The origins of WVC:E
HSFS: Tell us about WVC:E. What is it and what motivated you to establish it?
Sophie: WVC:E initially began as an idea and a desire for greater integration and empowerment of women in venture capital in Europe and beyond.
Later, WVC:E became an event with the 2022 Paris Summit which brought together more than 350 women from 12 European countries at Station F. With more than 55 speakers and 15 keynotes, workshops, and panels, the WVC:E Summit covered the most important topics in venture capital. And it wasn’t just a one-time event, the Summit marked the birth of a dynamic community of women in VC that continues to grow today.
The event evolved into a community with 2,000+ followers on Linkedin, 450+ followers on Twitter, 500+ women in WVC:E’s main Whatsapp Group, and the creation of other Whatsapp group categories. The goal of the communities is to encourage their members to take action — we are launching WVC:E Circles, including THE BEST VC job boards, a sourcing channel, a resource library, an info-sharing network, and in-person local events (London, Paris, Berlin, Silicon Valley, and more!)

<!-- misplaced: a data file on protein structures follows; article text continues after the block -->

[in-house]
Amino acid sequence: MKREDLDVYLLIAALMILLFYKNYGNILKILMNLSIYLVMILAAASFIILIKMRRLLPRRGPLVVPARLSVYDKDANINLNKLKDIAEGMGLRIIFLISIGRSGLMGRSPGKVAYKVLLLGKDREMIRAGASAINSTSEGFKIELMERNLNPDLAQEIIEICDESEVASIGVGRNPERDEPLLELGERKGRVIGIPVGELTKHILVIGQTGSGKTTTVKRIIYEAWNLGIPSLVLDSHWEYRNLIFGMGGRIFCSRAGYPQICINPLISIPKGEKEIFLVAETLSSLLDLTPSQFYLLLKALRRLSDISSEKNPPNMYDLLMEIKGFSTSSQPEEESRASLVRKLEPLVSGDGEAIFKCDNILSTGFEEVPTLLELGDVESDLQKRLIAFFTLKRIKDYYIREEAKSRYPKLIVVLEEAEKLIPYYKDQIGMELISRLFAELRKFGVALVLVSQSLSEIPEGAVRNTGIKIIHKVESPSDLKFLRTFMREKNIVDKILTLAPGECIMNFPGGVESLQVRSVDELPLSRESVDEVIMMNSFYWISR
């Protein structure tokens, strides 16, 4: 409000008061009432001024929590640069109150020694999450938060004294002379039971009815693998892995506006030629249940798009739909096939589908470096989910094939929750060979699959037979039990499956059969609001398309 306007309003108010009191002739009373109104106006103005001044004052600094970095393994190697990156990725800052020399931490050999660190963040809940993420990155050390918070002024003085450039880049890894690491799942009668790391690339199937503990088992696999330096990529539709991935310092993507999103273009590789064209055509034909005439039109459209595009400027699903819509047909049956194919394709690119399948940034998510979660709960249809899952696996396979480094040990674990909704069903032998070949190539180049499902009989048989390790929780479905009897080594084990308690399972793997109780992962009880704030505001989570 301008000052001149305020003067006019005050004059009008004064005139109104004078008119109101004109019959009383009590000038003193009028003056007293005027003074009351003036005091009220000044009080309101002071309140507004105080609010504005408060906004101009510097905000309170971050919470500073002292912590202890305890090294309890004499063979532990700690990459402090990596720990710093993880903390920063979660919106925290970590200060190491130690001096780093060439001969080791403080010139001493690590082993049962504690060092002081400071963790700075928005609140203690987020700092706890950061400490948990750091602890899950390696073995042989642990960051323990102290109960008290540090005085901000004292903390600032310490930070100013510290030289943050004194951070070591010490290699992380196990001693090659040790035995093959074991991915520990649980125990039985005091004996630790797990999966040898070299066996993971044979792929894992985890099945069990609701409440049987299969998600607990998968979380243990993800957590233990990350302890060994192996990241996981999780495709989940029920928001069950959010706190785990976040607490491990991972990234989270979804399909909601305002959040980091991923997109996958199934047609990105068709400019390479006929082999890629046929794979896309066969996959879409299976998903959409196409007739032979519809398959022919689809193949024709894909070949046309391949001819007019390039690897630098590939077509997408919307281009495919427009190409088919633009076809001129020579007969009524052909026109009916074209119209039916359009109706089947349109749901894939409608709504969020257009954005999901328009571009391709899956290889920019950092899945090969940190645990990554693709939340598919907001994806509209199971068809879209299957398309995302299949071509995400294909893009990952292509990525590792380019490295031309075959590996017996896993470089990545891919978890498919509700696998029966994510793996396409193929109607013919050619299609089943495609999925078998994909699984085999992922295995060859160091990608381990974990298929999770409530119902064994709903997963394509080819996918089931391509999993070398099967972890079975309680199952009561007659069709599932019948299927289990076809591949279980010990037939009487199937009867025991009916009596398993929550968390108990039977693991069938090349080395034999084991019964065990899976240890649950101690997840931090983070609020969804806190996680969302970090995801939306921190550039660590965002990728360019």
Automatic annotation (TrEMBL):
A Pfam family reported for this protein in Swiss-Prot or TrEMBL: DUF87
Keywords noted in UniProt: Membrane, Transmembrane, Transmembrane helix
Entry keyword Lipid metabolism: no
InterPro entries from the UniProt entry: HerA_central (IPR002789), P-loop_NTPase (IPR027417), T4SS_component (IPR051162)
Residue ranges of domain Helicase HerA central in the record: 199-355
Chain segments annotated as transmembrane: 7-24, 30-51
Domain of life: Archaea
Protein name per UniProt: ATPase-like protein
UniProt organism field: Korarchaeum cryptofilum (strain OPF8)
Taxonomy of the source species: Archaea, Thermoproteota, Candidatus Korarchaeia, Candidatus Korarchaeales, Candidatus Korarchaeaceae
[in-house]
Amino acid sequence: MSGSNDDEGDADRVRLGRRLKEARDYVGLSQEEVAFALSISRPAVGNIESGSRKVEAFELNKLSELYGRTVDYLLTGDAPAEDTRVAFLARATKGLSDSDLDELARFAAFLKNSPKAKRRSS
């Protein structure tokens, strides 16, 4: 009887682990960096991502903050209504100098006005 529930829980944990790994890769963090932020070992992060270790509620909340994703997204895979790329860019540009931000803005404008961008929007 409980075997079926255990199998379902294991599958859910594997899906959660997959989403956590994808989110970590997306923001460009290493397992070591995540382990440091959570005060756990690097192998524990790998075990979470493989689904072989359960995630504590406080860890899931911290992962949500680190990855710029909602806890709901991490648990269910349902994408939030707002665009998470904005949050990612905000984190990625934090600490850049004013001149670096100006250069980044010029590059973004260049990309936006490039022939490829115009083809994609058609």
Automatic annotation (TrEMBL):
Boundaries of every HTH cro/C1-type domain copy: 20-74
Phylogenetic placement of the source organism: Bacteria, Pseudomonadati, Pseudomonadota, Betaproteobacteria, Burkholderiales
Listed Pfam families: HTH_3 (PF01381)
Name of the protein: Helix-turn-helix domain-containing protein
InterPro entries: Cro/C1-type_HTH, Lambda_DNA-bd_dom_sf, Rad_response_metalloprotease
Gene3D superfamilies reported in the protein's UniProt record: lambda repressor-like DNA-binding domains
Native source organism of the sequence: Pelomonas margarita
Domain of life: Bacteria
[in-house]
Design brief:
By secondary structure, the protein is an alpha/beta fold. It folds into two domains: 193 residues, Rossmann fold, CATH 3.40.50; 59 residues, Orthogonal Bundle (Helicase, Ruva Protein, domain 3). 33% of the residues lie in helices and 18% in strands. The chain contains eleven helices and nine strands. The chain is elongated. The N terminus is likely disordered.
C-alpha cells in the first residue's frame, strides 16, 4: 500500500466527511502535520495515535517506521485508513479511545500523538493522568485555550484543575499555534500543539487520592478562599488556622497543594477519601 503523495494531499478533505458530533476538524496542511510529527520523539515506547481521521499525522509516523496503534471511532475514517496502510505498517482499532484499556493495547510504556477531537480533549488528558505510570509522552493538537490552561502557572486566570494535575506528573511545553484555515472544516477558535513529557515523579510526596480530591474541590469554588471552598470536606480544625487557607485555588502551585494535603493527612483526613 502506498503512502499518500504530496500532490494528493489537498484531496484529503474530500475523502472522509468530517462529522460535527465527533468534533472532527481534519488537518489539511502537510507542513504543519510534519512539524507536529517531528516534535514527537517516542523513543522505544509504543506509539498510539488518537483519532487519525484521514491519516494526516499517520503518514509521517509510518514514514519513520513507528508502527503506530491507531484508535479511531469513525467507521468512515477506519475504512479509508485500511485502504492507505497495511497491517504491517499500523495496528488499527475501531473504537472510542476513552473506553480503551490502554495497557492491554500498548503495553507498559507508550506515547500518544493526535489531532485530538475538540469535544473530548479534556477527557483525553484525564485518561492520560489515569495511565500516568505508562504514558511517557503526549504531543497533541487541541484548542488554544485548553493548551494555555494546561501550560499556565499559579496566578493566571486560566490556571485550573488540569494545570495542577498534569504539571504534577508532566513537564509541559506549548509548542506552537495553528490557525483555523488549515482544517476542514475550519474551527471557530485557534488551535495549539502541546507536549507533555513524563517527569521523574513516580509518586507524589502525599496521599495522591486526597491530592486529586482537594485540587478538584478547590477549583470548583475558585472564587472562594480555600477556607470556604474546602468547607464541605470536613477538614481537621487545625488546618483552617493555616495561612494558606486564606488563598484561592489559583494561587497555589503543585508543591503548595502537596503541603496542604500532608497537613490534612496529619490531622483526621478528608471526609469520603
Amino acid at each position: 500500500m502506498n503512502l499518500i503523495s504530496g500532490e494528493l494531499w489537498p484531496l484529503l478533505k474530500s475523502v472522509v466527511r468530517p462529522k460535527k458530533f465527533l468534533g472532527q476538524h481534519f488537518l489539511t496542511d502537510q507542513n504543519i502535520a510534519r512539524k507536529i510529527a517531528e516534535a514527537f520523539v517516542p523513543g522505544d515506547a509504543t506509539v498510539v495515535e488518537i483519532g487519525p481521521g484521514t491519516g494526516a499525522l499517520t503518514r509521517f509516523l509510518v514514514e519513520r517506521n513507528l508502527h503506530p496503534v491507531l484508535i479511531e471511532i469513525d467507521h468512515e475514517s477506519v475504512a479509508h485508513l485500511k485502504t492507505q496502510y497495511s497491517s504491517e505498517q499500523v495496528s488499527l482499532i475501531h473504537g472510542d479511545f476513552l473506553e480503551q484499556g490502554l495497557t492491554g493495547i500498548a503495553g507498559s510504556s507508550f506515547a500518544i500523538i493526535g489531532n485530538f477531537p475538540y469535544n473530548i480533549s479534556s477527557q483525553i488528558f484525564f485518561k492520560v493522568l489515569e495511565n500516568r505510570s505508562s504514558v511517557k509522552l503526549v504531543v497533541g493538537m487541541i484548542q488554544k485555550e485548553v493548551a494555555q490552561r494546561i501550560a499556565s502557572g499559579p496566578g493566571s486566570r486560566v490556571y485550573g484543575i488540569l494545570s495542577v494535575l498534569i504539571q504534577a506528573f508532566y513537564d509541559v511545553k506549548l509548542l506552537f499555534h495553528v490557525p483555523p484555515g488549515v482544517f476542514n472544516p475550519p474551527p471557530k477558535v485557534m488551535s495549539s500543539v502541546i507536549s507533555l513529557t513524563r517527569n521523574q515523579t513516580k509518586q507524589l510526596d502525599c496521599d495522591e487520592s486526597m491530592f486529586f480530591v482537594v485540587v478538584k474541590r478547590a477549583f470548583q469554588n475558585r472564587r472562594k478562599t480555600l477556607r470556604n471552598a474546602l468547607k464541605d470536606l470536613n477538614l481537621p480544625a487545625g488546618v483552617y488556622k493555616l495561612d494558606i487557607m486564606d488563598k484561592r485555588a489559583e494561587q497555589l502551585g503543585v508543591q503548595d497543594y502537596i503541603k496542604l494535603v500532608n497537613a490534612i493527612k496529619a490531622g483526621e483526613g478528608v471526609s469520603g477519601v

HSFS: What steps are you taking to integrate inclusion and empowerment in the VC industry in Europe?
Sophie: WVC:E’s mission is to help make venture capital (actionably) more inclusive, more integrated, and more empowering! We’re developing the resources, education, and community to link like-minded VCs.
2023 is a big year for WVC:E, as we are hosting the flagship WVC:E Summit on October 2-3. Day 1 is an All Women Venture Summit and Day 2 is an all VC Deal Day!
When asked about her long-term career goals as a VC investor, Sophie responded that her goals will remain the same as today — to make great investments and to support her portfolio companies. Her hope is that eventually, she will be able to meet all of those goals from a partner position. Recognized on the Innovate Finance Women in FinTech Powerlist in 2020 and 2021, Winwood is most definitely a woman founder who is on the rise, and we’d put good Money that she will indeed achieve her goal.